Justin against Marcion. Defining the Christian Philosophy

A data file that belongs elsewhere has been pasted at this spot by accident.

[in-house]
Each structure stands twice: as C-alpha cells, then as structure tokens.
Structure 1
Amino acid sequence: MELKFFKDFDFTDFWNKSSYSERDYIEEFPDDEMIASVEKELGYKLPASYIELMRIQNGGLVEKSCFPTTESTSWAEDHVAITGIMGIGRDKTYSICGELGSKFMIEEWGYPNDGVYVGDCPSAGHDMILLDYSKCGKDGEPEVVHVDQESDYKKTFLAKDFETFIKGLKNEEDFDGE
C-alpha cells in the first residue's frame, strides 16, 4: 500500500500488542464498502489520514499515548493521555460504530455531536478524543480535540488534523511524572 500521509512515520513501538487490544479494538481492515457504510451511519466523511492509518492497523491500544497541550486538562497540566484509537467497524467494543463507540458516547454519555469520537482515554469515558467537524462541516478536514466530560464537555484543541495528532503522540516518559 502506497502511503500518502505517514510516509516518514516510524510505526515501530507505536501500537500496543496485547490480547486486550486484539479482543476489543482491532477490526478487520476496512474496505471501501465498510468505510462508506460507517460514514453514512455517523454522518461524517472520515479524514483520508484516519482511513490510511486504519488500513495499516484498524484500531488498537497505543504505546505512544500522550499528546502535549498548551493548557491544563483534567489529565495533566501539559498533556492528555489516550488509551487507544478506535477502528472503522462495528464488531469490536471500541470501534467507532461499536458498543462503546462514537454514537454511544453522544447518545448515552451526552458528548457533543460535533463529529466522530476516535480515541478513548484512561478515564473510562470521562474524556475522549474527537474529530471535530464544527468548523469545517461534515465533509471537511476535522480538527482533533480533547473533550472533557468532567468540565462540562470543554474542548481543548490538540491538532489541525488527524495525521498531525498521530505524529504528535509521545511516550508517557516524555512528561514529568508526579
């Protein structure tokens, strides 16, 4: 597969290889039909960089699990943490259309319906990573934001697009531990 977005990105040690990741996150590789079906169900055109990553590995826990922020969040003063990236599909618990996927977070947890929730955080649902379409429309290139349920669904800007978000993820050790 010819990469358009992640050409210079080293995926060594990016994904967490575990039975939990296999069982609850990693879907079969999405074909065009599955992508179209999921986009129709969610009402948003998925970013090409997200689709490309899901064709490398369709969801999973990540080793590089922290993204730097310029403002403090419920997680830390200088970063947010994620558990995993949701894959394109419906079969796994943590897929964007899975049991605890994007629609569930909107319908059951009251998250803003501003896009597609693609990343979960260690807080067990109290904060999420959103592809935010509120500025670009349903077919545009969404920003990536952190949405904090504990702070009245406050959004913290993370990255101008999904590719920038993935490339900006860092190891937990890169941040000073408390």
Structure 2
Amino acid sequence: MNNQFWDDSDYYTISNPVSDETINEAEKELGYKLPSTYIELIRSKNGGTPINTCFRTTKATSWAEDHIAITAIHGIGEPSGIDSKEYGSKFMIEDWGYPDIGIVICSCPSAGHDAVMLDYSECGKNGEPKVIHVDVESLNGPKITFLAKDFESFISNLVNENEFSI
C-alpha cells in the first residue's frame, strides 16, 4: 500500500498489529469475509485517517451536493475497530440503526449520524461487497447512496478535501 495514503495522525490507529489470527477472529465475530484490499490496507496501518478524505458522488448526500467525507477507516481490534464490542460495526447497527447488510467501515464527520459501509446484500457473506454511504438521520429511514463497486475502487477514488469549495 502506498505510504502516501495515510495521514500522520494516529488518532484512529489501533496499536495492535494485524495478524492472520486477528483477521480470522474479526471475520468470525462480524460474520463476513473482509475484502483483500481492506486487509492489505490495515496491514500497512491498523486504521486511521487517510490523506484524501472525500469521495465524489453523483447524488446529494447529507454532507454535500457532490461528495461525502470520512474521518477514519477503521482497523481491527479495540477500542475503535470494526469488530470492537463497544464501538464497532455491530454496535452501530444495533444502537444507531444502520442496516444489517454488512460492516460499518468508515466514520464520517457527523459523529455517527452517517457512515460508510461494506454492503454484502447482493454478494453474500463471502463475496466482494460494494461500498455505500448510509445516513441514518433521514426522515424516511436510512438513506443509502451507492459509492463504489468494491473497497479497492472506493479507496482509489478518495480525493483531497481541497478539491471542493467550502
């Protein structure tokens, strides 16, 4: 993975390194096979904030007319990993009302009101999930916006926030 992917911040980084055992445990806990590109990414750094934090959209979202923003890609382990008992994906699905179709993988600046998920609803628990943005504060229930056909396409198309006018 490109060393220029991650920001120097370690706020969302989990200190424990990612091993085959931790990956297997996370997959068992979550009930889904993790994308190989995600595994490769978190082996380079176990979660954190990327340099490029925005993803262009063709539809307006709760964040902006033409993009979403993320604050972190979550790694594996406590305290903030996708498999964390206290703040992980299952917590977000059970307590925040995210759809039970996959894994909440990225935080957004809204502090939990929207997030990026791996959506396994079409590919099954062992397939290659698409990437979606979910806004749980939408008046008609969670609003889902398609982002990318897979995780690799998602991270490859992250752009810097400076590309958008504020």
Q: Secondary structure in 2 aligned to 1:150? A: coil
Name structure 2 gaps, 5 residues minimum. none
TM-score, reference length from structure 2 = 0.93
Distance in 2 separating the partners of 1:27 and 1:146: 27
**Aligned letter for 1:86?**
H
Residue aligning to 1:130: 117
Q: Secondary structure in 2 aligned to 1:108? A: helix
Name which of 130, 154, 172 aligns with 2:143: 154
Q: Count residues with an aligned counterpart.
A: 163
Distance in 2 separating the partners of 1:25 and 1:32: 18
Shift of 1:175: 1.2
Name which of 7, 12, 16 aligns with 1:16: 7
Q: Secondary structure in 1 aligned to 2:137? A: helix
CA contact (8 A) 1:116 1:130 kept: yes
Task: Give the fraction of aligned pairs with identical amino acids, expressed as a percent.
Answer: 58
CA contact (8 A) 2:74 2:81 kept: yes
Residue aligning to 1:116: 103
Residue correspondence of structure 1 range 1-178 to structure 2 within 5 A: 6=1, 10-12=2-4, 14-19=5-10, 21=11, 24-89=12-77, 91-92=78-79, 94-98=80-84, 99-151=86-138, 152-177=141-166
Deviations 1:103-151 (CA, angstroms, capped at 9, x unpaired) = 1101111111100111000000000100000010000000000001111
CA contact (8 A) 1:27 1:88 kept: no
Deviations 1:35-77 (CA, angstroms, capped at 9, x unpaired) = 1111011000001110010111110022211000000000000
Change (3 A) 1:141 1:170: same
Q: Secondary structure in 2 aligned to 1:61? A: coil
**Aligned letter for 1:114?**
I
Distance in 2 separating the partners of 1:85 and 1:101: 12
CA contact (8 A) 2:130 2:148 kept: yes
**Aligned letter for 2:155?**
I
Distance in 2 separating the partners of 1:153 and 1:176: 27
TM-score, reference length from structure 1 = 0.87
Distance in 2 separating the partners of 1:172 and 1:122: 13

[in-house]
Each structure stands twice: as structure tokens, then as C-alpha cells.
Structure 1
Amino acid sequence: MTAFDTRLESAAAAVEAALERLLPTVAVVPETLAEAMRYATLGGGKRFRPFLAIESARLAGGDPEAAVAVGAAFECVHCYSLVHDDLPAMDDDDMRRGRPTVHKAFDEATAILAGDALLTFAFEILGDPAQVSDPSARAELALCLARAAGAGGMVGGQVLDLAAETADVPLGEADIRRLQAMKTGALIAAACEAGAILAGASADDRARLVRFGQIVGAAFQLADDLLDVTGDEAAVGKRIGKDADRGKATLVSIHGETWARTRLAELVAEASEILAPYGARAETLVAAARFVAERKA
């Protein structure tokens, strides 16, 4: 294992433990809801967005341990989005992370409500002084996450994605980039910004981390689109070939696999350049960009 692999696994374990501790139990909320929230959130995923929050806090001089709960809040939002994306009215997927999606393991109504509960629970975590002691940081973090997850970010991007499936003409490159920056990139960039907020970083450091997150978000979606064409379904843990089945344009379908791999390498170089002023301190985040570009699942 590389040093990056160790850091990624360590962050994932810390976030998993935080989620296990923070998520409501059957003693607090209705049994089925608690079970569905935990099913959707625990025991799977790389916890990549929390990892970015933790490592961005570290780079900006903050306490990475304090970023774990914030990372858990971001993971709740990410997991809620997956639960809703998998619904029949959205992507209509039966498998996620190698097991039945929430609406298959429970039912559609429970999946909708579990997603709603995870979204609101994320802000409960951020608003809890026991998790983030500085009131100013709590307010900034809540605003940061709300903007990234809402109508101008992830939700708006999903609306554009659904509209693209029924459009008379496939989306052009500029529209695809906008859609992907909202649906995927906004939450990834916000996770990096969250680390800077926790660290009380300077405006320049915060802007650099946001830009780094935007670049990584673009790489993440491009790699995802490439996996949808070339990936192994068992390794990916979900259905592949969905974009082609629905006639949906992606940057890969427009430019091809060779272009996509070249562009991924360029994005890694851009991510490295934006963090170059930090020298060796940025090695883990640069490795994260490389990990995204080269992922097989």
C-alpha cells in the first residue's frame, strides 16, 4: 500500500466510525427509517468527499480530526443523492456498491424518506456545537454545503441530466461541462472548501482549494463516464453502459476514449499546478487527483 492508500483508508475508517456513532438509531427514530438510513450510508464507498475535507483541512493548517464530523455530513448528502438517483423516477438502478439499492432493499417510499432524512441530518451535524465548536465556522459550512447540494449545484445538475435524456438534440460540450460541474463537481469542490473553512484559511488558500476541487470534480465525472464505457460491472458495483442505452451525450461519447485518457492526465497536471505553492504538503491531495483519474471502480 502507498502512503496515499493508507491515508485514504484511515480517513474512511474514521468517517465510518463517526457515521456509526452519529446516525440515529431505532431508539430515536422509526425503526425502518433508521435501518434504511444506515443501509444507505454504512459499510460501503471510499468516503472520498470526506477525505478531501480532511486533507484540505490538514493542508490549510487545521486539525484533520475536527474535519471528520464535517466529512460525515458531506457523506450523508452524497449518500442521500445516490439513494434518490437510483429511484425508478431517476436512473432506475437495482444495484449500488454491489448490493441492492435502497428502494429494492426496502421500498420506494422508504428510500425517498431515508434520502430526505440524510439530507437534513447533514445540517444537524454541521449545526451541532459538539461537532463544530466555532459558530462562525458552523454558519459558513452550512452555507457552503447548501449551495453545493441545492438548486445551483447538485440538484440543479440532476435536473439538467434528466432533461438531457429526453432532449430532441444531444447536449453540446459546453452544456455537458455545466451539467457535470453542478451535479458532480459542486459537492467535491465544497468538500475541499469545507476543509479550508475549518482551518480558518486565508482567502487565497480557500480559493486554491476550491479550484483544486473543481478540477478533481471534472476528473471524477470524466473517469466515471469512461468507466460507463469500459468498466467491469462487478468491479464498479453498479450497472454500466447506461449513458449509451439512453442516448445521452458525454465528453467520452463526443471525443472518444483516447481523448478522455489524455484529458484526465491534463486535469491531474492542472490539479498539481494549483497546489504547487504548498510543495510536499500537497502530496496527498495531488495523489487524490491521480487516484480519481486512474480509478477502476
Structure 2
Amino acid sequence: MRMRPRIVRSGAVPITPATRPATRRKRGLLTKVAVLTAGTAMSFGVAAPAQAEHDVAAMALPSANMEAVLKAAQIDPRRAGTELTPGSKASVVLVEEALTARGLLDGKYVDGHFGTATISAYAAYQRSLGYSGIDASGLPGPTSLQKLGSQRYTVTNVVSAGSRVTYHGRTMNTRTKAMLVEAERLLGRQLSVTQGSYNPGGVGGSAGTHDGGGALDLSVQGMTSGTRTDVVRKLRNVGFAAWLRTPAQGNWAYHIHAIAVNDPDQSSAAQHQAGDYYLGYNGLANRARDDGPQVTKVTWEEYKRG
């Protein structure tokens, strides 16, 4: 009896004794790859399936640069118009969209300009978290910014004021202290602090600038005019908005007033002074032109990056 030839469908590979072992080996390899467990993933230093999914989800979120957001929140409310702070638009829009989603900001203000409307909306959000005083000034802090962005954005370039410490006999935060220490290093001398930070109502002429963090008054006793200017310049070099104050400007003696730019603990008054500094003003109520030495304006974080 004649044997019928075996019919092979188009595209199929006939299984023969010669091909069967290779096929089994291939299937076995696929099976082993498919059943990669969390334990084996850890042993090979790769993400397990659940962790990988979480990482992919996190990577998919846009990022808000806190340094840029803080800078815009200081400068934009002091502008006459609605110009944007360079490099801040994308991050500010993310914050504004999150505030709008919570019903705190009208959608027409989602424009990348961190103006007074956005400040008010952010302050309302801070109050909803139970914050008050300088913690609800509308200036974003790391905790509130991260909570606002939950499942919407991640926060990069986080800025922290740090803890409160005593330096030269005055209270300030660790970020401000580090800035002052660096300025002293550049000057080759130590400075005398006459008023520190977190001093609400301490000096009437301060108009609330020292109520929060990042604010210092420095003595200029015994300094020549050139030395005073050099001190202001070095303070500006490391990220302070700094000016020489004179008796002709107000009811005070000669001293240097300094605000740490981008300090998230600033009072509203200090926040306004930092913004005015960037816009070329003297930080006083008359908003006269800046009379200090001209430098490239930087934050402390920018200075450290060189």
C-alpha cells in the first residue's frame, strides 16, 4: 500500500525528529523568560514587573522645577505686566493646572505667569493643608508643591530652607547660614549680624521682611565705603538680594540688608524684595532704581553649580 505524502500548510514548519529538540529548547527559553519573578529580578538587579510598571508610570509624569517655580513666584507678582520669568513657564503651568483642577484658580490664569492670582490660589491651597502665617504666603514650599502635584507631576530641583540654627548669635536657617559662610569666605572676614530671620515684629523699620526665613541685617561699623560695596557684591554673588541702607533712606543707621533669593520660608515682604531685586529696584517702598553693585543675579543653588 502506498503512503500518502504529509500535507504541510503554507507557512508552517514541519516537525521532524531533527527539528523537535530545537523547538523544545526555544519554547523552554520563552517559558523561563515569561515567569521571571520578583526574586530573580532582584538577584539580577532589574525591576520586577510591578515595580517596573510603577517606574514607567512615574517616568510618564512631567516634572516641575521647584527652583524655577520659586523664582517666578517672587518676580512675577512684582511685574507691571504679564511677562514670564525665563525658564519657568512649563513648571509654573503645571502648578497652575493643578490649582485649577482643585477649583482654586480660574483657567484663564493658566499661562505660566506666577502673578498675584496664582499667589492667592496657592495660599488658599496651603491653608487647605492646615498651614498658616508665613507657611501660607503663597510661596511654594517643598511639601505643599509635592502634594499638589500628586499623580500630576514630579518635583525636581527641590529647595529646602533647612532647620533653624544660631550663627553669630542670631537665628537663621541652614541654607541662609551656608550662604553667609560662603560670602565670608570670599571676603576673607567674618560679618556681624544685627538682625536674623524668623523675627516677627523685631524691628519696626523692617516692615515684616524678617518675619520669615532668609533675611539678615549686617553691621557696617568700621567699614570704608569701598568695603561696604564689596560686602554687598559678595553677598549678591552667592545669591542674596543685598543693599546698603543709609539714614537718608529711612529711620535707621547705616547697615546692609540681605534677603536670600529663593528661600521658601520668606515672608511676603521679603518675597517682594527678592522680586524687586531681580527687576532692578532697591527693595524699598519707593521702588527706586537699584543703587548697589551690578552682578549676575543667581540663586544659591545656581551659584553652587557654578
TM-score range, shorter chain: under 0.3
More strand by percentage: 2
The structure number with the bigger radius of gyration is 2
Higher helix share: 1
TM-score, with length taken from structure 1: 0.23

The influence of an arch-heretic In a period when Christianity was only beginning to form a definitive identity, Marcion played a remarkable and generative role. Andrew Hayes takes the measure of Marcion’s impact on second-century Christianity through a close examination of the topics and structure of Justin Martyr’s writings, especially Dialogue with Trypho, demonstrating that Justin repeatedly described Christianity in a contra-Marcionite fashion. Arguing that the early part of Dialogue is, in fact, a contra-Marcionite prelude to all the major themes in the rest of the piece, Hayes claims that the chief task Justin took for himself was to seize back from Marcion the terms of Christian self-definition. Marcion is thus far more important for Justin’s work than the sparse explicit mentions might suggest, and Hayes shows that these texts are far from anomalous: they reveal Justin’s deeper agenda of presenting Marcion as a demonic instrument. Students of the second century, of Marcion, and of Justin alike will find much to reevaluate in these pages.